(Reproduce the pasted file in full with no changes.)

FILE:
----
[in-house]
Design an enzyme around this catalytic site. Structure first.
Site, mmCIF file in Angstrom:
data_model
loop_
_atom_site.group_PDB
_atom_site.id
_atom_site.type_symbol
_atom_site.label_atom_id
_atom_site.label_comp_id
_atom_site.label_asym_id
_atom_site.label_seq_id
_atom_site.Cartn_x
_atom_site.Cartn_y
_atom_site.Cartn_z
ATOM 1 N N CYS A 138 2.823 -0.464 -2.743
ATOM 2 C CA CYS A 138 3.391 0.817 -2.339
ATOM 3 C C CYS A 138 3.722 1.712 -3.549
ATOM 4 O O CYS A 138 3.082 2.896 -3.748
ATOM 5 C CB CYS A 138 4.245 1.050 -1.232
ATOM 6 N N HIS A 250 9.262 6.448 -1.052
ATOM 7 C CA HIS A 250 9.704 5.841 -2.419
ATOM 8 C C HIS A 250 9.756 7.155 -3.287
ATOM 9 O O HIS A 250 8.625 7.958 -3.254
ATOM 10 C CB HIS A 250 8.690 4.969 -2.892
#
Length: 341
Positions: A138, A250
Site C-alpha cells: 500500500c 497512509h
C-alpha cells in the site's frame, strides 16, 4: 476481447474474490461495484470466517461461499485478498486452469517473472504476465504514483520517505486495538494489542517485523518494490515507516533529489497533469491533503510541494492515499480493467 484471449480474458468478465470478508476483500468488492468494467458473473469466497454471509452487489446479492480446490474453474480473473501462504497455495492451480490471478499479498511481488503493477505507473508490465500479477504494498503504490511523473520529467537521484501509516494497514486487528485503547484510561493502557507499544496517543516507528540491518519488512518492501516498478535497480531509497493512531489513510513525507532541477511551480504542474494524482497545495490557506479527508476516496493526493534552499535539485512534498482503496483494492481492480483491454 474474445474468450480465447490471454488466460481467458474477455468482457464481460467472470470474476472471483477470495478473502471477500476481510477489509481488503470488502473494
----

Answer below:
[in-house]
Design an enzyme around this catalytic site. Structure first.
Site, mmCIF file in Angstrom:
data_model
loop_
_atom_site.group_PDB
_atom_site.id
_atom_site.type_symbol
_atom_site.label_atom_id
_atom_site.label_comp_id
_atom_site.label_asym_id
_atom_site.label_seq_id
_atom_site.Cartn_x
_atom_site.Cartn_y
_atom_site.Cartn_z
ATOM 1 N N CYS A 138 2.823 -0.464 -2.743
ATOM 2 C CA CYS A 138 3.391 0.817 -2.339
ATOM 3 C C CYS A 138 3.722 1.712 -3.549
ATOM 4 O O CYS A 138 3.082 2.896 -3.748
ATOM 5 C CB CYS A 138 4.245 1.050 -1.232
ATOM 6 N N HIS A 250 9.262 6.448 -1.052
ATOM 7 C CA HIS A 250 9.704 5.841 -2.419
ATOM 8 C C HIS A 250 9.756 7.155 -3.287
ATOM 9 O O HIS A 250 8.625 7.958 -3.254
ATOM 10 C CB HIS A 250 8.690 4.969 -2.892
#
Length: 341
Positions: A138, A250
Site C-alpha cells: 500500500c 497512509h
C-alpha cells in the site's frame, strides 16, 4: 476481447474474490461495484470466517461461499485478498486452469517473472504476465504514483520517505486495538494489542517485523518494490515507516533529489497533469491533503510541494492515499480493467 484471449480474458468478465470478508476483500468488492468494467458473473469466497454471509452487489446479492480446490474453474480473473501462504497455495492451480490471478499479498511481488503493477505507473508490465500479477504494498503504490511523473520529467537521484501509516494497514486487528485503547484510561493502557507499544496517543516507528540491518519488512518492501516498478535497480531509497493512531489513510513525507532541477511551480504542474494524482497545495490557506479527508476516496493526493534552499535539485512534498482503496483494492481492480483491454 474474445474468450480465447490471454488466460481467458474477455468482457464481460467472470470474476472471483477470495478473502471477500476481510477489509481488503470488502473494